Reply received: March 2013

QUESTION NO.: 233

DATE OF PUBLICATION: 22 FEBRUARY 2013

The Leader of the Opposition (DA) to ask the Minister for the Public Service and Administration:

Whether she intends tabling the public sector integrity framework in Parliament this year; if not, why not; if so, when will it be tabled? NW249E

REPLY

The Public Sector Integrity Management Framework will certainly be tabled to Parliament as soon at it has been approved by Cabinet. It is my aim that this should serve before Cabinet before June 2013.

Reply received: March 2013

QUESTION NO.:152

DATE OF PUBLICATION: 14 FEBRUARY 2013

Dr S M van Dyk (DA) to ask the Minister for the Public Service and Administration:

(1) How many legal matters were dealt with by her department (a) in the (i) 2009-10, (ii) 2010-11 and (iii) 2011-12 financial years and (b) during the period 1 April 2012 up to the latest specified date for which information is available;

(2) (a) how many of the specified legal matters were dealt with by (i) the State Attorney and (ii) private attorneys during the specified periods and (b) what are the reasons why her department was not represented by the State Attorney in each specified case;

(3) what total amounts were paid by her department to (a) the State Attorney and (b) private attorneys during the specified periods? NW158E

REPLY

(1) For the purpose of our response, the reference to "legal matters" has been limited to instances where external legal assistance was sought on matters pertaining to litigation, labour disputes and legal opinions. Legal matters dealt with in this context by the Department of Public Service and Administration (DPSA) for the following financial periods are-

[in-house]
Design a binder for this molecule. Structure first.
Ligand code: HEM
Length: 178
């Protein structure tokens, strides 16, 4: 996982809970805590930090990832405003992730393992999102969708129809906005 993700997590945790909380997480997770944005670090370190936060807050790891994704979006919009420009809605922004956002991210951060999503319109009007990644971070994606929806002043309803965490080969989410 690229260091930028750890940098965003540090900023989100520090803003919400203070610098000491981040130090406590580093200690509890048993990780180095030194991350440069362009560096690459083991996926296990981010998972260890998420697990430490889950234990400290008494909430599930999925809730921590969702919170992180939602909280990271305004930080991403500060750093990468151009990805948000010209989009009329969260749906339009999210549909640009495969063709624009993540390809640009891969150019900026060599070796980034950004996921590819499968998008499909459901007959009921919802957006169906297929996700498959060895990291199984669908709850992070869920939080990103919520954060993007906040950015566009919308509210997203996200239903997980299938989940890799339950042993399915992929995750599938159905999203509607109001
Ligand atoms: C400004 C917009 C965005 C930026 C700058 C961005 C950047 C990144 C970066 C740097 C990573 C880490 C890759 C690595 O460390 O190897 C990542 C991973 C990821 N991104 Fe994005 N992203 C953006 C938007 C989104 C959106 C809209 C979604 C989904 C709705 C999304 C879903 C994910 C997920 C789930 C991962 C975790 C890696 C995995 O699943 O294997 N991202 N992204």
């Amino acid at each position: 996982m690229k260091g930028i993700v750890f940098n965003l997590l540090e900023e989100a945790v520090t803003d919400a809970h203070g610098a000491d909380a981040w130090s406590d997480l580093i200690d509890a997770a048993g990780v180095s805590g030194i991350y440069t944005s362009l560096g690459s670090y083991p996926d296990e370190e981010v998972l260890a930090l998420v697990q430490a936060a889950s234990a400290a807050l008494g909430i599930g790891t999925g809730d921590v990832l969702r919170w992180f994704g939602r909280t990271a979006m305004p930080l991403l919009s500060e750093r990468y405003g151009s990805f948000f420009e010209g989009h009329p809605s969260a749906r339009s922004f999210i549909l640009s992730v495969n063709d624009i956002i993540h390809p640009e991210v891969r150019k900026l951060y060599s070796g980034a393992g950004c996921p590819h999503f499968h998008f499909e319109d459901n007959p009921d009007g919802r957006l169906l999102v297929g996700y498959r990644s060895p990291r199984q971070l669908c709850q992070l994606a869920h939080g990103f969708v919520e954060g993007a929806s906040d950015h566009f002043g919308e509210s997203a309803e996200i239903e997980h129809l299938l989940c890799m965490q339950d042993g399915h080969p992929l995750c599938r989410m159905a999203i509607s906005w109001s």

FINANCIAL YEAR

NUMBER OF MATTERS

(a) (i) 2009/0

8

(ii) 2010/11

4

(iii) 2011/12

11

(b) 1 April 2012 to 31 January 2013

7

(2) (a) All specified legal matters during the financial period 2009 to 31 January 2013 were referred by the DPSA to the State Attorney; and

(b) no specified legal matters during the financial period 2009 to 31 January 2013 were referred to private attorneys directly.

(3) (a) The total amount paid by the DPSA to the State Attorney for the following financial periods are:

FINANCIAL YEAR

AMOUNT PAID

(i) 2009/10

R448 000-00

(ii) 2010/11

R165 000-00

(iii) 2011/12

R588 000-00

(iv) 1 April 2012 to 31 January 2013

R378 298-63

(b) No amount was paid by the DPSA to private attorneys directly during the financial period 2009 to 31 January 2013.